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Limestone's HIV-positive inmates admitted to education, work


ATHENS, Ala. - More than 200 male inmates who are HIV-positive at Limestone Correctional Facility in Athens will have a chance to earn GEDs, take part in vocational programs and spend time outside their dorms, ending the state's practice of segregating them.

Last year, a commission appointed by ex-Gov. Don Siegelman recommended admitting the prisoners into education, treatment and work programs, prompting corrections officials to take another look at the issue.

The prisoners were allowed in the programs for the first time Monday.

The only state prison system other than Alabama to retain total HIV segregation into the 1990s was Mississippi. The American Civil Liberties Union, which monitors state prison systems, said Mississippi opened up its programs in 2001.

"Today male prisoners with HIV are closer to equality in Alabama than they have ever been before," said Margaret Winter, associate director of the ACLU's National Prison Project.

If the Department of Corrections allowed HIV-positive prisoners into community-based programs at the same rate as other prisoners, the state could save between $306,000 and $392,000 a year, an ACLU study found.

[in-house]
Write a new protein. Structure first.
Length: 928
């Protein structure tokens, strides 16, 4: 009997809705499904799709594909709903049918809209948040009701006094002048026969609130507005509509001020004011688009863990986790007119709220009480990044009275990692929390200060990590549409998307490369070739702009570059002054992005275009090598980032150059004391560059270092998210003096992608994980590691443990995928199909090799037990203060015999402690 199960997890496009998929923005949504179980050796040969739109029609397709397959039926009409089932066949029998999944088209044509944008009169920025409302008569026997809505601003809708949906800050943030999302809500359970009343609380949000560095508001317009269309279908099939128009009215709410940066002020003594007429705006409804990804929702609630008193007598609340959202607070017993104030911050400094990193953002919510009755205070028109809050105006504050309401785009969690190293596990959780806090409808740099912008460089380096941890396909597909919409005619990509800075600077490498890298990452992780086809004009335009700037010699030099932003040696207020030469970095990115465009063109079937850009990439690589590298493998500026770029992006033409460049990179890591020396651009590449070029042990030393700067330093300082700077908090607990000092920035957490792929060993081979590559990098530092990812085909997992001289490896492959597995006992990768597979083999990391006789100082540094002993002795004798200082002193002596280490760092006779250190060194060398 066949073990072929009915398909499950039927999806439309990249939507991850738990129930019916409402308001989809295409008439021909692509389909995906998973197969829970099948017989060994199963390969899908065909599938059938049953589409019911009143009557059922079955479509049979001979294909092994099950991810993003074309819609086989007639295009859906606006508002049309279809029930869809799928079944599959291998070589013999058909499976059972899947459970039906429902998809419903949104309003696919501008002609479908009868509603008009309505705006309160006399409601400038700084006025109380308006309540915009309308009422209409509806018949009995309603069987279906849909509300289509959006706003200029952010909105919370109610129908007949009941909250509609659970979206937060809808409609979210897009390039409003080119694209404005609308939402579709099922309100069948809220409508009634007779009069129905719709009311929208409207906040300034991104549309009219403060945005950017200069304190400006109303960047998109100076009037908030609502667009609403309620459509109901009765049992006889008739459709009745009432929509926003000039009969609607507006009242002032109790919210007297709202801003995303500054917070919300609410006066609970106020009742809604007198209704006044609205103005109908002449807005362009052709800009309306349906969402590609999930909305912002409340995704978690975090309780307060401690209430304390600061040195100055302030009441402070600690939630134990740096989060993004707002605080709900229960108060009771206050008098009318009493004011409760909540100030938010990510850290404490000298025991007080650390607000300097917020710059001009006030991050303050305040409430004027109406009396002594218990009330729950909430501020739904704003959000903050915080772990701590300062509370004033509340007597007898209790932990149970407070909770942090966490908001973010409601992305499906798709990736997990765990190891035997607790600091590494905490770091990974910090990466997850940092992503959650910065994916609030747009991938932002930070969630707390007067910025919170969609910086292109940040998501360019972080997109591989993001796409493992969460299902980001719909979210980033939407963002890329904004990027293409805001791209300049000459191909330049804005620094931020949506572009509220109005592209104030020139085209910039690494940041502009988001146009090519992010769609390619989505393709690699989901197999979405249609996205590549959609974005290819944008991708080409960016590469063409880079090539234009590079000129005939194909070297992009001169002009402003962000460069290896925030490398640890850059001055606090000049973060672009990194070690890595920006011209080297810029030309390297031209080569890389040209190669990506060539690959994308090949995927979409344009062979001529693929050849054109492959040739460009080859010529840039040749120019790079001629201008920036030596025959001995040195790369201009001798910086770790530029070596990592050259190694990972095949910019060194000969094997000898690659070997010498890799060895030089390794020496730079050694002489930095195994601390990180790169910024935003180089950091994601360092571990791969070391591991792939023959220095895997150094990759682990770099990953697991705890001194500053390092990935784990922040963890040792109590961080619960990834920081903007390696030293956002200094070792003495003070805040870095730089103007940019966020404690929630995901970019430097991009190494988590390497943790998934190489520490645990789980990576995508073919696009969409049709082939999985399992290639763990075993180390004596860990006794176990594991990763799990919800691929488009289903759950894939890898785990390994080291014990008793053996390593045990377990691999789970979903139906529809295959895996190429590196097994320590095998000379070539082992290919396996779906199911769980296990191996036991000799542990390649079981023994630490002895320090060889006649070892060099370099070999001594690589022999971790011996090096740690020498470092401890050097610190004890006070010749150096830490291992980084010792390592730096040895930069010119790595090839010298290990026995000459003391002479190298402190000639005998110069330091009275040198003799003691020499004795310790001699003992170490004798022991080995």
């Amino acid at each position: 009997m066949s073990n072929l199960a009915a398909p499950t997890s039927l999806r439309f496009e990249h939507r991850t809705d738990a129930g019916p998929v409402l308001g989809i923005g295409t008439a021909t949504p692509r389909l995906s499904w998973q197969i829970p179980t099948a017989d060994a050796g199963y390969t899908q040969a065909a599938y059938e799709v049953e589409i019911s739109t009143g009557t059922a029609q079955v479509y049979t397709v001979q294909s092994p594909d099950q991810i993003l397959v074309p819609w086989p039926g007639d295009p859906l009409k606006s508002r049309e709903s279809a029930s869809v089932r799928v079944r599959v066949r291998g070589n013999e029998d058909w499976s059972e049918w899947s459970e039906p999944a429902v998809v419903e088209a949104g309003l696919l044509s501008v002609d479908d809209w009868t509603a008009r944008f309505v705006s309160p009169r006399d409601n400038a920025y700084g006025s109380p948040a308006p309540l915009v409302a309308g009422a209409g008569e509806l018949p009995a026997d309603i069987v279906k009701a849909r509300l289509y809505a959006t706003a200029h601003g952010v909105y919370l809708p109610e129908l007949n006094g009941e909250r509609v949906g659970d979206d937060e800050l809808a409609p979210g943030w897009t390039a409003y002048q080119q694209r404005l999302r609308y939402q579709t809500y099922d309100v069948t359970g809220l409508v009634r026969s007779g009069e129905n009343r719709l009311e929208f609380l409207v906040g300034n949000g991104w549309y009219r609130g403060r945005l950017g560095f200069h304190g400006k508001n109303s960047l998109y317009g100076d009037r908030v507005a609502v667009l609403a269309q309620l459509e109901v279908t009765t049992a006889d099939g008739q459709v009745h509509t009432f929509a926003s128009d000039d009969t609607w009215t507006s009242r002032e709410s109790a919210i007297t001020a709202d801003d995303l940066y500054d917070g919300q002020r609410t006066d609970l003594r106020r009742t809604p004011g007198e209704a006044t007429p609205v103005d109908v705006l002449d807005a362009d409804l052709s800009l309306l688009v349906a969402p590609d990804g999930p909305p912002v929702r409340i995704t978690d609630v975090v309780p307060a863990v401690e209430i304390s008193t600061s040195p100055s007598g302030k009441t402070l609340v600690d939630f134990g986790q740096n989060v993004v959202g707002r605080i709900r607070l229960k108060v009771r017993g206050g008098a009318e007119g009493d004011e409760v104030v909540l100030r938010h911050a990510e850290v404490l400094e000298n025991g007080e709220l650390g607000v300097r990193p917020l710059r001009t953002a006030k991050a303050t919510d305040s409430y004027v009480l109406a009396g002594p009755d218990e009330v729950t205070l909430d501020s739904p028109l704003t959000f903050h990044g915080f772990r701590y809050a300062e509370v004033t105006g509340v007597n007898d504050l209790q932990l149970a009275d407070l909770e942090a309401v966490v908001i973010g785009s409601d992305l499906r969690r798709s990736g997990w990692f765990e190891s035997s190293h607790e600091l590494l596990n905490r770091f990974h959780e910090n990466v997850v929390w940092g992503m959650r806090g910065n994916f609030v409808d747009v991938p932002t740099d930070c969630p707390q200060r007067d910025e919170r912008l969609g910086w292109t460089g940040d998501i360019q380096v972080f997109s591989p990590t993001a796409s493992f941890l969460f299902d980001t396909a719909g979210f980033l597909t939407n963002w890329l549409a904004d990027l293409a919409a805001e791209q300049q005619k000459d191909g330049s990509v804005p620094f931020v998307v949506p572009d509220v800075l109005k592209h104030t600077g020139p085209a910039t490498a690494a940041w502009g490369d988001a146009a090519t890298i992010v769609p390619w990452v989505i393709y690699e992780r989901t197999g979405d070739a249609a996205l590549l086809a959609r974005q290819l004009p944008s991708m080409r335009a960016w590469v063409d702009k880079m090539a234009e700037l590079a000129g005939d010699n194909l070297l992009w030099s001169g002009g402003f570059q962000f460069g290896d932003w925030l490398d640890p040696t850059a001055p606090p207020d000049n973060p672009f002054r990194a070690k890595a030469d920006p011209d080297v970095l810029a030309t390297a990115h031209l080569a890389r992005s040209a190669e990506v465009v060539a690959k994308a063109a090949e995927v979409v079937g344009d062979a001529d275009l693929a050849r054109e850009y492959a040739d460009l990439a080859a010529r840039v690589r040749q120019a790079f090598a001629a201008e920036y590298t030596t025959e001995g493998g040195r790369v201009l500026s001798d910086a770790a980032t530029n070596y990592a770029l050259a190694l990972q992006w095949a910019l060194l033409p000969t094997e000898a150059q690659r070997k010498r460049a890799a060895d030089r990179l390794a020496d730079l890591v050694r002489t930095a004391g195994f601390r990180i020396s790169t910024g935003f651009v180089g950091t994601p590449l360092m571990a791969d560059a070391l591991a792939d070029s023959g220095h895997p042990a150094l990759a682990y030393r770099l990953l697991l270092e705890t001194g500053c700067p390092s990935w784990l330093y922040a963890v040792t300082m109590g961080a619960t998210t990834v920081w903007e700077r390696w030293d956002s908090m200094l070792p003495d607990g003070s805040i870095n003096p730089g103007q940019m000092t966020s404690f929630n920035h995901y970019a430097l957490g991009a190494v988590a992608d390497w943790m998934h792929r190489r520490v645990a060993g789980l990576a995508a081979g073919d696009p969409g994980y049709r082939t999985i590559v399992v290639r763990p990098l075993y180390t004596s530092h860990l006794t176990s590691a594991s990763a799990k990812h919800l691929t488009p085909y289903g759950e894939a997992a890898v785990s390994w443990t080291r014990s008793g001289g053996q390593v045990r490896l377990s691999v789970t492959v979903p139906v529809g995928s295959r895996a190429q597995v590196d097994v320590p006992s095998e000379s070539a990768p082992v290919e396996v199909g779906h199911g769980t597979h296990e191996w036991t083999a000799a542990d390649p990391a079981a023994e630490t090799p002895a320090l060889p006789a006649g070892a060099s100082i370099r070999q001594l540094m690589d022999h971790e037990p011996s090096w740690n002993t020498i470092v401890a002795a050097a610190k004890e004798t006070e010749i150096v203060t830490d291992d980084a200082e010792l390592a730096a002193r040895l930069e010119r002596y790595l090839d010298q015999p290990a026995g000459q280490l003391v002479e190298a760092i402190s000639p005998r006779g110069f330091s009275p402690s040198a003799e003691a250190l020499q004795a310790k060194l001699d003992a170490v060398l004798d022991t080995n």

Conditions and medical care at Limestone prison, where all of Alabama's male HIV-positive inmates are housed, remain the focus of a 2002 class-action lawsuit.

The prison's medical staff says care has improved, but the lawsuit has not been settled. Attorneys suing the state praised Monday's change but said it was long overdue and more improvements are needed.

DOC moved HIV-positive prisoners into better housing. The men live in modular buildings with two-man cells, as opposed to the open warehouse where they used to live, said prisons spokesman Brian Corbett.

"They want to appear they've put their best foot forward before they're in front of a federal judge," said Gretchen Rohr, an Atlanta attorney with Holland and Knight, who is working with the Southern Center for Human Rights on the lawsuit.

The policy reversal does not include female inmates with HIV. They remain segregated and barred from classes at Tutwiler prison. Winters and representatives of AIDS Alabama have asked Prison Commissioner Donal Campbell to change Tutwiler's policies.

Information from: The Birmingham News


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Information in this article was accurate in January 20, 2004. The state of the art may have changed since the publication date. This material is designed to support, not replace, the relationship that exists between you and your doctor. Always discuss treatment options with a doctor who specializes in treating HIV.